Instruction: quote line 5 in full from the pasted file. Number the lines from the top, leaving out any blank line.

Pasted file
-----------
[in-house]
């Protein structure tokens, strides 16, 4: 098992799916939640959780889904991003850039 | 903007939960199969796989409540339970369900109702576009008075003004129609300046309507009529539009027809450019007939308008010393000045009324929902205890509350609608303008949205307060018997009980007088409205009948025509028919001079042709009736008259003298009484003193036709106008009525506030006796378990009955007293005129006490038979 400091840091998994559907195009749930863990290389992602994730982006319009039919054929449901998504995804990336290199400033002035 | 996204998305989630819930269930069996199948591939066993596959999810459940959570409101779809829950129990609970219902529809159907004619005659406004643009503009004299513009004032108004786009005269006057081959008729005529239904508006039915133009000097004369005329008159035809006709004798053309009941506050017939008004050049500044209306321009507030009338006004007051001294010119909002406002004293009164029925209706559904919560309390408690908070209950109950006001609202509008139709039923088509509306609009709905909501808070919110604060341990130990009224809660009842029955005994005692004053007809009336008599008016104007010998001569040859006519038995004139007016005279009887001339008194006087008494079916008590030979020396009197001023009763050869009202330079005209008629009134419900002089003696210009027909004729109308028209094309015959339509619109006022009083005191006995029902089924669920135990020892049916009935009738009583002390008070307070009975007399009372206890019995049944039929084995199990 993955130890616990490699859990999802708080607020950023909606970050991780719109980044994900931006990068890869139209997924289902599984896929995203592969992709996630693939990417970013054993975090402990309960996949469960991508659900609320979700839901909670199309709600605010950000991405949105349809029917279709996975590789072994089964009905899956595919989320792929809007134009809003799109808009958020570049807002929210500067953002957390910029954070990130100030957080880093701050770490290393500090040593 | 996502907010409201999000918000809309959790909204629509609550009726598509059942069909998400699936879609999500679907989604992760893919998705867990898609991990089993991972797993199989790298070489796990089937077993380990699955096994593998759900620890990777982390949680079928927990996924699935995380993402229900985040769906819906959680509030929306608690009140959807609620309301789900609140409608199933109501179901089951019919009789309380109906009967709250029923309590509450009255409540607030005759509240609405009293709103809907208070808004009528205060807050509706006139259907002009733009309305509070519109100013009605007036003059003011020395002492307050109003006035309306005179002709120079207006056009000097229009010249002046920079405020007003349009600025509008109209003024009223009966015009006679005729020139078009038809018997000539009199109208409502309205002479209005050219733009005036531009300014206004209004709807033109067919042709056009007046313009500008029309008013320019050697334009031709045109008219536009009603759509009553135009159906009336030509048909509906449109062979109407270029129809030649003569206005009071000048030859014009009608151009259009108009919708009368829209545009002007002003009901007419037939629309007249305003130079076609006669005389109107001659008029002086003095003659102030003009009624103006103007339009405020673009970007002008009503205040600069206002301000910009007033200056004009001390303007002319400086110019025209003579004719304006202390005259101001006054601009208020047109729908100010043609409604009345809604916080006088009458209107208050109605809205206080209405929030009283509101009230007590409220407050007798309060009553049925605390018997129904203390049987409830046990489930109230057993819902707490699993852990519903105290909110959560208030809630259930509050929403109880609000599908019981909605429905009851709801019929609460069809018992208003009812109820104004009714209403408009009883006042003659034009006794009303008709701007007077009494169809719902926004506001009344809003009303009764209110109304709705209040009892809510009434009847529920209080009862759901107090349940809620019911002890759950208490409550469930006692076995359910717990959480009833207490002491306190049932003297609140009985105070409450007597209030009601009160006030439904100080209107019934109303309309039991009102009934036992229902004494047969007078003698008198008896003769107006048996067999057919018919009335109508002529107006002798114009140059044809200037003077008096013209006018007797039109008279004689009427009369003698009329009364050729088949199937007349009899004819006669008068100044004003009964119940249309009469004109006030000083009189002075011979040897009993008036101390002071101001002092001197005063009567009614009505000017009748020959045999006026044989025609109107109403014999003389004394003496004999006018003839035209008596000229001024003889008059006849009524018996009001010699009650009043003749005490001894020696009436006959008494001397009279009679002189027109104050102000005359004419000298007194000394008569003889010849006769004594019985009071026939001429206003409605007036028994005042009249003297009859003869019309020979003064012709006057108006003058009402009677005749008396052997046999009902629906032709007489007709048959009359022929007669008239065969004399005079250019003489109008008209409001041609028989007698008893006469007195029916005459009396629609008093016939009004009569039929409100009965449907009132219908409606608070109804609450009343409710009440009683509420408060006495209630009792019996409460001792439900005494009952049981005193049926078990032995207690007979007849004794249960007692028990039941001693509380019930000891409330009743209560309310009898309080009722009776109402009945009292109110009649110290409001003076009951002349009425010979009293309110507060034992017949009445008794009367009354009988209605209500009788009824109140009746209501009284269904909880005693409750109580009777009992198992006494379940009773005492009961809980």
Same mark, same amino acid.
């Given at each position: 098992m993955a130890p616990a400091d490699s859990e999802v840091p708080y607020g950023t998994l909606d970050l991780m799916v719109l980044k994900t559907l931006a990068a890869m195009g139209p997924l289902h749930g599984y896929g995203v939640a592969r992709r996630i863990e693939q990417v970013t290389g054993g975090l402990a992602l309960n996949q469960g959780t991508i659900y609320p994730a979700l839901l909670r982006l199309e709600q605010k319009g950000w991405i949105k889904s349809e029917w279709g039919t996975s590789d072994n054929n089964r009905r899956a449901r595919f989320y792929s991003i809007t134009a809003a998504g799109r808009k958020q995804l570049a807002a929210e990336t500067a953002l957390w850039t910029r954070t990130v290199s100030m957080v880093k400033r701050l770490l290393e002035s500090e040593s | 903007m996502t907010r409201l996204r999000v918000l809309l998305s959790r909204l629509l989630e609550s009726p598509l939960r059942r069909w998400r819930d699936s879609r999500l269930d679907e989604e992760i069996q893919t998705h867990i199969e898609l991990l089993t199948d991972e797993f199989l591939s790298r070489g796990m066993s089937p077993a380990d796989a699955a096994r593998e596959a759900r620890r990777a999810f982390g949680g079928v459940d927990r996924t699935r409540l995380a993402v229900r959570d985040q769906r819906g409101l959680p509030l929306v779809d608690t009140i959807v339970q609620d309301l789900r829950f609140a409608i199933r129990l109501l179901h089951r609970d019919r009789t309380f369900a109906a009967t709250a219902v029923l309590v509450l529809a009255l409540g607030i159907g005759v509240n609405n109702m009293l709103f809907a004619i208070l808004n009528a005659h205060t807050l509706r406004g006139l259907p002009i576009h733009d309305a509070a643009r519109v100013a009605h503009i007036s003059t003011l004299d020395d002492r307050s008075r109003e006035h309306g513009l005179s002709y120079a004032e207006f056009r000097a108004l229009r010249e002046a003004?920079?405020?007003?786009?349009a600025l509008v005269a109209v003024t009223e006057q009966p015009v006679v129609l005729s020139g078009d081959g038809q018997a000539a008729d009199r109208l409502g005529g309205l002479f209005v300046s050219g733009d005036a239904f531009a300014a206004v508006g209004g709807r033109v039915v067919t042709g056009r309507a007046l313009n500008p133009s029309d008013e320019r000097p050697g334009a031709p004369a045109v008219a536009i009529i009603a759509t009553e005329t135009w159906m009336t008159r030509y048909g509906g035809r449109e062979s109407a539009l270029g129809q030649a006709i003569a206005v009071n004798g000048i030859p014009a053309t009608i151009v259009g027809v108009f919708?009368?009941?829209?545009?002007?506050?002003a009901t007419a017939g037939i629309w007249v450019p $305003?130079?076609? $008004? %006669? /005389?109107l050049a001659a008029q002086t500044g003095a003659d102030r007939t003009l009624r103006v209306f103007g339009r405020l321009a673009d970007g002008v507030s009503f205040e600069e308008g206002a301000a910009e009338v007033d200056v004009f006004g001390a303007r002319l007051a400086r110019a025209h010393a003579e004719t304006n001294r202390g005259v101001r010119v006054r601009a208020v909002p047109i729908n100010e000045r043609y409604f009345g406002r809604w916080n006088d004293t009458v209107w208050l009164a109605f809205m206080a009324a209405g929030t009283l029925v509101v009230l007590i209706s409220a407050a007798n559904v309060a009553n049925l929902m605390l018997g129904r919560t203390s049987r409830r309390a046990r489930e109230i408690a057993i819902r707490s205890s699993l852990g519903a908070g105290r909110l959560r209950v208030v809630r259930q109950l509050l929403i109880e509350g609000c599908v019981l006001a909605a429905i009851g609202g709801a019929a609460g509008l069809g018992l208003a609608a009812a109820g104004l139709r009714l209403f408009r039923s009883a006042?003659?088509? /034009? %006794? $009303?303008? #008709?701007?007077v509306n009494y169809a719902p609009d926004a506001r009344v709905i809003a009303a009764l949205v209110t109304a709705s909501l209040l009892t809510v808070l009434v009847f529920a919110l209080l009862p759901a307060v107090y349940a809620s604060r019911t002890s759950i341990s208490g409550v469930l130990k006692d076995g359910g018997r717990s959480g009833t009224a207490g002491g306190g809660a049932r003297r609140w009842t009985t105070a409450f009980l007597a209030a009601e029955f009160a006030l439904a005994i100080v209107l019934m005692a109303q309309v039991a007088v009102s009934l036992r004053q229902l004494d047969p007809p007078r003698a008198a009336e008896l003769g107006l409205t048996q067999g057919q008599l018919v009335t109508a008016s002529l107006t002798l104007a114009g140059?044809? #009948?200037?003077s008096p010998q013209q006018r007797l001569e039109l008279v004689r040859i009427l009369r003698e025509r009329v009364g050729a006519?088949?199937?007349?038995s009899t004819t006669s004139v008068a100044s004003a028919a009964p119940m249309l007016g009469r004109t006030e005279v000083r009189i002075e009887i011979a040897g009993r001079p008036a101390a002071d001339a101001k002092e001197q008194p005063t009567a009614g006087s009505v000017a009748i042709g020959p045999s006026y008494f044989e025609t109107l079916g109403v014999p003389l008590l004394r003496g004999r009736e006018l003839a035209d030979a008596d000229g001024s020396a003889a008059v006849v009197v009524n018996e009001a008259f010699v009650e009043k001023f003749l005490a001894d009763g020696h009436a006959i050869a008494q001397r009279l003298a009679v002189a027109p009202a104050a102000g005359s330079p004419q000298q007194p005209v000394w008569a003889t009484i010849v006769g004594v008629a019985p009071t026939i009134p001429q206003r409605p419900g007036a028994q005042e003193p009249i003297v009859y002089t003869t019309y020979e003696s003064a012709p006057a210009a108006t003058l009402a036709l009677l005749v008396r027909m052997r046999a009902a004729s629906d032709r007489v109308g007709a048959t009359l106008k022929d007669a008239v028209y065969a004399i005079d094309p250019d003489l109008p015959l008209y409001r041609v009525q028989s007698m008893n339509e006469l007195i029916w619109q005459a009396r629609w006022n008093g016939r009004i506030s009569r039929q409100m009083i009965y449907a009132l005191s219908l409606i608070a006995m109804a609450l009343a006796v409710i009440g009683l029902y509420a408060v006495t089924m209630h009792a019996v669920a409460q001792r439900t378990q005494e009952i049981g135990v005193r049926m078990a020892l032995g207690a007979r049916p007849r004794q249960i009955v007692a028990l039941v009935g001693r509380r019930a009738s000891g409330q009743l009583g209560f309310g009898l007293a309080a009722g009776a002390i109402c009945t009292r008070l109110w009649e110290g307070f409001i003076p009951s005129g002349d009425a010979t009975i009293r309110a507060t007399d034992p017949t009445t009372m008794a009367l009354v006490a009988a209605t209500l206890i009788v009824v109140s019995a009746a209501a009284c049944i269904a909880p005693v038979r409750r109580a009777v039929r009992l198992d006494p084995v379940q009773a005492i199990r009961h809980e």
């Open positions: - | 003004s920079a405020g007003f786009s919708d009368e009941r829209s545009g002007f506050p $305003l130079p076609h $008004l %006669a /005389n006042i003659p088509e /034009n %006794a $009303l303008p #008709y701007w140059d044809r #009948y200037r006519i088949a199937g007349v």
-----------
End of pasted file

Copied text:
């Open positions: - | 003004s920079a405020g007003f786009s919708d009368e009941r829209s545009g002007f506050p $305003l130079p076609h $008004l %006669a /005389n006042i003659p088509e /034009n %006794a $009303l303008p #008709y701007w140059d044809r #009948y200037r006519i088949a199937g007349v």